• Second, both contributions and earnings grow federal tax-free.
  • Third, withdrawals for qualified out-of-pocket medical expenses are also tax free—whenever you take them, no matter your age. Those expenses can include deductibles, copayments, prescriptions, and necessary medical equipment as well as medical care not covered by insurance such as dental, vision, hearing, and long-term care. You can also use it to pay for medical expenses for a spouse or other dependent.”


What Is an HMO Plan?

A health maintenance organization (HMO) is a type of health insurance plan that provides people with all in-network care. 

This means that employees or individuals covered by an HMO have one primary care physician (PCP) for appointments and are not permitted to receive covered care out-of-network. As a result, Investopedia points out that premiums are typically lower under HMO plans, deductibles are generally lower or nonexistent, and copays are often affordable.


What Is a High-Deductible Health Insurance Plan (HDHP)?

A high-deductible health insurance plan (HDHP) is a type of healthcare coverage requiring participants to spend more on up-front costs before the insurance company contributes to covering expenses. In many cases, people with HDHPs pay less per month on premiums. 

Different types of healthcare coverages can be considered HDHPs. Additionally, HDHPs can be paired with HSAs to help users pay for qualified medical expenses using tax-advantaged dollars.


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What Is a POS Plan?

A point of service (POS) plan is a type of health insurance coverage where participants typically pay less in fees, copays, and other related expenses.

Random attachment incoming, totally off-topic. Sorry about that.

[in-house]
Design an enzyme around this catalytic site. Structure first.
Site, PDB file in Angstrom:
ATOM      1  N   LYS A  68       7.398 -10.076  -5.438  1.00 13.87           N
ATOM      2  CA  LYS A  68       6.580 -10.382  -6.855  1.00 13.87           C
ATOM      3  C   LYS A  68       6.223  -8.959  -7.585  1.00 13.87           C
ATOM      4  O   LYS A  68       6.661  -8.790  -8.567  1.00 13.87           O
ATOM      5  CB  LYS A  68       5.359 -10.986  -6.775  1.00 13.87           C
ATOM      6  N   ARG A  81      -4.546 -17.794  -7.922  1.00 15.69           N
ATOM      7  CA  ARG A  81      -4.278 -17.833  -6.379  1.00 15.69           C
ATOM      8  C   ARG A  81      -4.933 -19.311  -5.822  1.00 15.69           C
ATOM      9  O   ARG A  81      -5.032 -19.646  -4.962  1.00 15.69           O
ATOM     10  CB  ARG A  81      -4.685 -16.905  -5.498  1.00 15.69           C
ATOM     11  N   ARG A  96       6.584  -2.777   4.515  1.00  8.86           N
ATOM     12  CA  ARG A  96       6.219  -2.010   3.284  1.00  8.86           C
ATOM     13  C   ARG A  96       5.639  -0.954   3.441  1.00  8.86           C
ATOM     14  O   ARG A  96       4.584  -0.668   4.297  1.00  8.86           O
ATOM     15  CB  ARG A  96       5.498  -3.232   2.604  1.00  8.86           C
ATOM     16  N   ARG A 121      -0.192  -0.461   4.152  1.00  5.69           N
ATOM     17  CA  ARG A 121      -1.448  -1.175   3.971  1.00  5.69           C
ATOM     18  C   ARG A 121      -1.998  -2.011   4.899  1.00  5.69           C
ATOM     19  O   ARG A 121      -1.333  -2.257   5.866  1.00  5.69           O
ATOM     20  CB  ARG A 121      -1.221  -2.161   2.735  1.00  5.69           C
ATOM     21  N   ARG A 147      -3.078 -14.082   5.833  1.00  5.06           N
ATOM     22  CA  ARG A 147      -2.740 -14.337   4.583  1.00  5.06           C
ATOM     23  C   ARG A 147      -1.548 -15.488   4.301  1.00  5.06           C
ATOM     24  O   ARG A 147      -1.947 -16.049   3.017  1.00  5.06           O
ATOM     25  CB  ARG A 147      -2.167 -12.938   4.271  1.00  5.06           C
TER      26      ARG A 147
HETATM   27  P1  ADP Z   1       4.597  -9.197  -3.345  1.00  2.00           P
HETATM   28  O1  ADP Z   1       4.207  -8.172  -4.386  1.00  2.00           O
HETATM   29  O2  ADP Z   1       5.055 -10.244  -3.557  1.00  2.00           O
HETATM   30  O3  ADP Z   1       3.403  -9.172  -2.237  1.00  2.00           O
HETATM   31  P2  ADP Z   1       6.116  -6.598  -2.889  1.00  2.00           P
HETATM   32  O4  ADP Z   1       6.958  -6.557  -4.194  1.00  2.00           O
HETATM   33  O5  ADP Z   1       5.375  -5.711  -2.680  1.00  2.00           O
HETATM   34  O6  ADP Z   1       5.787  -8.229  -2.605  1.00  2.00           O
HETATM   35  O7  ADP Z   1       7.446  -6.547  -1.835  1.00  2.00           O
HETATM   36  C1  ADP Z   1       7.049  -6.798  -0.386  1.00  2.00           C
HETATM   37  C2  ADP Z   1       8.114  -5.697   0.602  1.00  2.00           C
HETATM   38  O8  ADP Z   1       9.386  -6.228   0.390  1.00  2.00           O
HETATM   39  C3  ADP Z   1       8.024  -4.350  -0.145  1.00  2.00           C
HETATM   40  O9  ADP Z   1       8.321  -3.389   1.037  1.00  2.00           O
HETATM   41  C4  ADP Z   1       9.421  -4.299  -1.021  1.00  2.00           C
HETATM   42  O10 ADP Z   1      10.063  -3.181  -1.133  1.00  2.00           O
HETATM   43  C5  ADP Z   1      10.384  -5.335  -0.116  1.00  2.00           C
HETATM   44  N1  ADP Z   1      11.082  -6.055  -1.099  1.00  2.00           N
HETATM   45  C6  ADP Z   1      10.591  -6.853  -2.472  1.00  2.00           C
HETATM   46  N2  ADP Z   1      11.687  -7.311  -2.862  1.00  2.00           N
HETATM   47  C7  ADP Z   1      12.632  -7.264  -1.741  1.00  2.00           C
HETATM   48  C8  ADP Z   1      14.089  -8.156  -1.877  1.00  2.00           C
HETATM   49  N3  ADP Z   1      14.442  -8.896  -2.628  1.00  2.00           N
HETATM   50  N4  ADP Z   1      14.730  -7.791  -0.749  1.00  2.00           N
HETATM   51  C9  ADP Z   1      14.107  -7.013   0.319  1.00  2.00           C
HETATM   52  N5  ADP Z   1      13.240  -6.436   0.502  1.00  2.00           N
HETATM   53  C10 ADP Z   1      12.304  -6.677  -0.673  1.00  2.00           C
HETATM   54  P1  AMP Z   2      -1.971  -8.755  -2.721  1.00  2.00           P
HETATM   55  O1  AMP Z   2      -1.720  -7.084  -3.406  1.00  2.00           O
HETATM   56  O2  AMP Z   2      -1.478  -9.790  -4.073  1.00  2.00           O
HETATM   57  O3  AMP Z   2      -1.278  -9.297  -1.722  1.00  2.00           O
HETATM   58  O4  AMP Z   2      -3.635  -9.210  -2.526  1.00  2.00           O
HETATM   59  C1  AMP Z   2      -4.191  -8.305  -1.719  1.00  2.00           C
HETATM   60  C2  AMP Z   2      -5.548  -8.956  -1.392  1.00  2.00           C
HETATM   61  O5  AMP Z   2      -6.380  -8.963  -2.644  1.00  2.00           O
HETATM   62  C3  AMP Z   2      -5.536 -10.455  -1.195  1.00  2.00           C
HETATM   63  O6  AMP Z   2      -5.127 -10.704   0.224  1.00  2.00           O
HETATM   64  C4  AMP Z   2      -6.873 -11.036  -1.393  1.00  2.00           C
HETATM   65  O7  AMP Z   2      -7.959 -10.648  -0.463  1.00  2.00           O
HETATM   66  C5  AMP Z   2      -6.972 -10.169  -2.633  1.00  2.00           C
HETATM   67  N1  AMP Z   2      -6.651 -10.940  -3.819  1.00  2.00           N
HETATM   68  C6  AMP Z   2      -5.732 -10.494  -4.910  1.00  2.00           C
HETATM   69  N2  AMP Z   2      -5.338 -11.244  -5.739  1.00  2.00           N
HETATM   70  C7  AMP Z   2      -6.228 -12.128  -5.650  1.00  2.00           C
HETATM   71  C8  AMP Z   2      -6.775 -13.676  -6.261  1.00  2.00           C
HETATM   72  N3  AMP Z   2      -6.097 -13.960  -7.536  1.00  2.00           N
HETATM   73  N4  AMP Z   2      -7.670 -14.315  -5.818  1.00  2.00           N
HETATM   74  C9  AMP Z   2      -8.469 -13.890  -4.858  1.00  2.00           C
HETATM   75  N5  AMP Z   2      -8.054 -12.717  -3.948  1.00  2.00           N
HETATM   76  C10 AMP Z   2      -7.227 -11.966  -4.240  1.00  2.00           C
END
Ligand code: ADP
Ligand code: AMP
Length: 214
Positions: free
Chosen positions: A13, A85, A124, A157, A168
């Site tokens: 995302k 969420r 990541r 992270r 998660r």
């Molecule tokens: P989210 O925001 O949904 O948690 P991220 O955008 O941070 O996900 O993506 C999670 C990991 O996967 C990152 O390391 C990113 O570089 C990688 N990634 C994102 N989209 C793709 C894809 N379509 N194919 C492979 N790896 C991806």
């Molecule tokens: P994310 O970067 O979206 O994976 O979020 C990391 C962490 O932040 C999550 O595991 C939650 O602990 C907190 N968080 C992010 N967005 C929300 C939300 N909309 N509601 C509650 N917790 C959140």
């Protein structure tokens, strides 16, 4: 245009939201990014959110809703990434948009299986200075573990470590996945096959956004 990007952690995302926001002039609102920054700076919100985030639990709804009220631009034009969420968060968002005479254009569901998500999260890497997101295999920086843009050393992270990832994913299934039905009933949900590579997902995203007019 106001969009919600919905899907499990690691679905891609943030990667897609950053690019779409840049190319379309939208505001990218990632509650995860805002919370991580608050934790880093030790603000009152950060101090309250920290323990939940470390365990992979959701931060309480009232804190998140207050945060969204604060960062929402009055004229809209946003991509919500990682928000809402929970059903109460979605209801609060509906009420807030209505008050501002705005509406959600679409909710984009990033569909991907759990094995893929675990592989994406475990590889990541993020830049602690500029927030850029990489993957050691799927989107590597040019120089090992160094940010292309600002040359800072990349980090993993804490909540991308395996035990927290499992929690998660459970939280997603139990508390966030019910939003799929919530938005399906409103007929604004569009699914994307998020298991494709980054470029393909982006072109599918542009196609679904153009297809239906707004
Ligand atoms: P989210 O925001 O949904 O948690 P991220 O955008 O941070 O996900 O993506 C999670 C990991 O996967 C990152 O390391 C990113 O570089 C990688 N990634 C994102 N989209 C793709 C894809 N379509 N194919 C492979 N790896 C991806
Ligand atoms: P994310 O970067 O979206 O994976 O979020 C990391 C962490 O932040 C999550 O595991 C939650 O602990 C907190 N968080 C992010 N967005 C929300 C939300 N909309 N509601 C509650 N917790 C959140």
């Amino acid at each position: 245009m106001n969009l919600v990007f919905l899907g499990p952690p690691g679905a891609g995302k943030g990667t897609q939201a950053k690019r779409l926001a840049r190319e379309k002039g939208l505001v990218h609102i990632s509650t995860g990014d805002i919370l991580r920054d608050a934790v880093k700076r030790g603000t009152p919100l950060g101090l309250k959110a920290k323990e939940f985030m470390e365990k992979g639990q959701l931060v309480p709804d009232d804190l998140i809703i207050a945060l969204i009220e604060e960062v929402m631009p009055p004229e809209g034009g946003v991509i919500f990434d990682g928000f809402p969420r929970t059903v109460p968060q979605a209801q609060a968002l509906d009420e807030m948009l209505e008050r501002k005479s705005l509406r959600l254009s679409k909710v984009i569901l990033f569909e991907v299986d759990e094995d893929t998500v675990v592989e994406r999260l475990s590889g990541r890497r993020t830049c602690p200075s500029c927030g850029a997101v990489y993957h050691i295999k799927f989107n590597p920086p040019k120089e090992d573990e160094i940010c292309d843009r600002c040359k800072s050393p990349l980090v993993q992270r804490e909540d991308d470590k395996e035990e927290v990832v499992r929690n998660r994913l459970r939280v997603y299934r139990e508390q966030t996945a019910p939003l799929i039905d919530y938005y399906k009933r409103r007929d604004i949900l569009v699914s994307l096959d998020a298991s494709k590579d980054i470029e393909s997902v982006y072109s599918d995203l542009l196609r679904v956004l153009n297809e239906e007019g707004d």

While costs may be lower than other types of plans, there are some limitations to POS plans, including that users must receive a referral from a PCP before they can see a medical specialist. 


What Is an EPO Plan?

An exclusive provider organization (EPO) plan is a type of health insurance coverage where a participant’s expenses are only covered if they visit doctors, hospitals, or specialists that are in the plan’s network. There are some exceptions in the case of emergencies.  


What Is Short-Term Health Insurance?

Short-term health insurance is excellent for individuals who need coverage for several months to a year. If those who are insured need to renew the coverage, they can do so up to three times. Essentially, people can maintain short-term coverage for three years. 

The premise of these plans is to provide people with immediate access to coverage that is affordable and accessible.


What Is Obamacare?

The ACA—sometimes called “Obamacare”—was signed into law by President Obama in 2010. The law ushered in a significant overhaul of the U.S. healthcare system with three primary goals:

  1. Make affordable health insurance available to more people. The law provides consumers with subsidies that lower costs for households with incomes between 100% and 400% of the federal poverty level. 

  2. Expand the Medicaid program to cover all adults with income below 138% of the federal poverty level. 

  3. Support innovative medical care delivery methods designed to lower health care costs.

Individuals and families can use the Obamacare system to enroll in federal healthcare marketplace plans as an alternative to purchasing coverage through their employer-sponsored plan—or if they don’t have access to insurance through their employer.